Fig. 4 Tourists in Canterbury Cathedral, London. (Photo: Marion Bowman)
When Tiina asks Michael if he’s drawn to any particular part of the cathedral, he is ready with a response: 
I think there’s this… the little prayer chapel… the Martyrdom chapel. Because as you walk by, it’s quite dark in a sense but alight inside… so it’s quiet and because there’s a sign saying it’s reserved for prayer, people tend to respect that and they don’t come in talking. So for me… I can go there and I can be silent in it. And that’s a place that drew me. 

This expresses a trope that we have often come across so far: the cathedral being capacious enough to house not only large numbers of people, but also spaces of temporary retreat and silence, involving awareness of, but distance from, others, who may be contemporaries or consociates in Schütz’s terms. 

Clearly we see a kind of ‘cathedral consciousness’ emerging in this interview, related to Michael’s separation from everyday life and his home congregation and his journey to a large-scale, multi-dimensional liturgical space. This sense is reinforced as Michael’s interview then ventures away from Canterbury itself, and presents an array of linked cathedral experiences that covers his biography as well as his experience of Britain as place of both indigenous and personal history and powerful landscape. We can only hint at the complexity of what I think he is saying here, as he weaves together walking in the wilderness, Holy Island in the North East of the country, St David’s cathedral in Wales, and finally York Minster—the latter located near to Michael’s birthplace and, as he puts it, “the one that really centres me”. But it is St David’s that contributes to a radical change in his life:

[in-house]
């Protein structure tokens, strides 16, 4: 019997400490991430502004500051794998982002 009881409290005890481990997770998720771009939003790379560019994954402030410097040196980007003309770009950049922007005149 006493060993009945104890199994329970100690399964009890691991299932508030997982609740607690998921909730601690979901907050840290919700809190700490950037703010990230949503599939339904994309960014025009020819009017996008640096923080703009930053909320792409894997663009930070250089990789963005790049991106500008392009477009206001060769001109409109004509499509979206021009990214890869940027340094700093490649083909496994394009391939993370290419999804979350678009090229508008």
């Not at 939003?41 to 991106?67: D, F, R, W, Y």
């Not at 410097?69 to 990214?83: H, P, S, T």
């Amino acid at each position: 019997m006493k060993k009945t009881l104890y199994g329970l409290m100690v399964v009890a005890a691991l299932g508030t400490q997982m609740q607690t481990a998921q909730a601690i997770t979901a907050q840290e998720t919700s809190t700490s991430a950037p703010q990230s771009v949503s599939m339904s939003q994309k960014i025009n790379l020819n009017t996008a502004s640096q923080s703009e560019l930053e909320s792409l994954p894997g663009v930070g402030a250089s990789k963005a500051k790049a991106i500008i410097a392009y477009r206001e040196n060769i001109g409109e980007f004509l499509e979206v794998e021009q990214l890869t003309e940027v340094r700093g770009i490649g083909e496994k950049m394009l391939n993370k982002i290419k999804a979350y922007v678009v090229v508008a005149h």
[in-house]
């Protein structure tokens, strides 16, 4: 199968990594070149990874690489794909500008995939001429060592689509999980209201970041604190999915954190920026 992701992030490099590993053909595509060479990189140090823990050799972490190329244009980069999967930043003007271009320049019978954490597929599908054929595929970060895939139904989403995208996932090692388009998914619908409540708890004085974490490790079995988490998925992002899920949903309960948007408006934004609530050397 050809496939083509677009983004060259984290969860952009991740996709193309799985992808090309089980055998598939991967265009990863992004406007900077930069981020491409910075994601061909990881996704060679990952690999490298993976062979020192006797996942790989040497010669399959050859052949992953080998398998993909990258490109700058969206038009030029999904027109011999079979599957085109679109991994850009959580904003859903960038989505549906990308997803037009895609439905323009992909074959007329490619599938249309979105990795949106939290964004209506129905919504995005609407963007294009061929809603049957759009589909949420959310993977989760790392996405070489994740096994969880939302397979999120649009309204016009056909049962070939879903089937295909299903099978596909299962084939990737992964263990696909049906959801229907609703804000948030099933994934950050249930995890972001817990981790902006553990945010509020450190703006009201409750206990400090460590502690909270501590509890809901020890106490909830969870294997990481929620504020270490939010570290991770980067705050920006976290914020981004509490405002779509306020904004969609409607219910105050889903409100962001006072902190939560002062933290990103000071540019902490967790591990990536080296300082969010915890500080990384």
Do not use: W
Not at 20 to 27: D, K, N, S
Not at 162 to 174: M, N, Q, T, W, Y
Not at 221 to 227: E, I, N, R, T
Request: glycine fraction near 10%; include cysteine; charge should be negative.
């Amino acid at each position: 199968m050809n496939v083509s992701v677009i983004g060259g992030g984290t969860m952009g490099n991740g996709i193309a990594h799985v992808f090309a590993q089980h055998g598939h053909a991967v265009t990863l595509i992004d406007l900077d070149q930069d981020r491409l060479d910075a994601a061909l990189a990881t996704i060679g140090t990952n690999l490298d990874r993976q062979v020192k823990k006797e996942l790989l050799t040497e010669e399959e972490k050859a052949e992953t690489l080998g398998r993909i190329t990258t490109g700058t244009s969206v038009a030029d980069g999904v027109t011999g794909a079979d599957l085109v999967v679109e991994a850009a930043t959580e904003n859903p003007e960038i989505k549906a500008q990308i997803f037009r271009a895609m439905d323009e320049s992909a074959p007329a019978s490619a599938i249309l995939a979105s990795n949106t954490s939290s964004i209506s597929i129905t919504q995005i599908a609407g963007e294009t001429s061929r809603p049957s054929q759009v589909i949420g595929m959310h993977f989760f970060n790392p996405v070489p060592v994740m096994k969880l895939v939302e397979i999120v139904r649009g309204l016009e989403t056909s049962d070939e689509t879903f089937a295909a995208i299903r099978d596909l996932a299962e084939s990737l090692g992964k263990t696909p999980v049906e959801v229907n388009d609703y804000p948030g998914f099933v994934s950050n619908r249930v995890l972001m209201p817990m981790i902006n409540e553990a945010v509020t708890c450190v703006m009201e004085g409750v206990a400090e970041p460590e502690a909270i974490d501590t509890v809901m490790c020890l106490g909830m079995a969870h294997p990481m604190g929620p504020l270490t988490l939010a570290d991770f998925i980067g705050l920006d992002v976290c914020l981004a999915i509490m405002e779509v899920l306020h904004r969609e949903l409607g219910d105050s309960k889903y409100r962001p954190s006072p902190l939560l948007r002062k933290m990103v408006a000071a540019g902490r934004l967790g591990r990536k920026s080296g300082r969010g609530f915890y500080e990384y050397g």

Yes, I was on holiday and something was happening in my life to change and serve and God gave me a message from Matthew 25, about the lambs and the goats … to serve him and I’d been to the cathedral and sat on the cliff top and looking at the most spectacular view you can imagine on a quiet day…and God giving that message. “Think of what I’ve given you, Michael, haven’t you been blessed? I want everyone to have the blessings, and I want you now to be a messenger of these blessings…” And I left my job in London. I sold the house…I don’t look at the architecture that much now or the stained glass windows… I sense that those hundreds of thousands of prayers... and it calms me down and it centres me…. 

Is this describing a pilgrimage? Yes and no—it takes place in and adjacent to the cathedral, on a holiday that turns into a holy-day. Is this a Protestant testimony? Again, yes and no: it is given in an interview but it contains the classic themes of conversion, of biblical text combined with God’s direct voice. And what is the cathedral doing here? It seems to be a medium for a shift in both subjectivity and work; and if so, it is an effective medium because its materiality is not all-encompassing: Michael goes to the cathedral but then sits on the cliff; and, most strikingly, there is the image of stained glass windows being converted, translated, into words, into thousands of prayers. 

Yvonne the Cleric: A Journey Through the Building 

Michael found his inspiration through his negotiated relationship with cathedrals, finding spaces to be on his own as well as engaging in journeys whose power may have come from the fact that it is difficult, and possibly futile, to decide whether they “were” or “were not” pilgrimages. After looking at his responses we then found a very different interview in our Canterbury files. Yvonne is a cleric, a religious professional, a person working with pilgrimage groups who come to Canterbury. In the first part of her interview she talks of the gradual emergence of a set of strategies to organize pilgrims, and then she talks fascinatingly about the experience of leading pilgrims through the cathedral space. Again, we can only hint at some of what she says, but here are some of her reflections on leading a candlelit pilgrimage: 

I try as we go round, I say: if you’ve clearly made Christian profession of faith, you might like to think about this. If you haven’t, you might like to think about something which is I guess [is] less Christian language but may actually end up being the same thing, really. So we start at the back and then we literally journey…. And so…before I took a group round on my own I spent some time thinking: How does the building speak of a Christian journey of faith? How can I use the building in different places to make myself a route?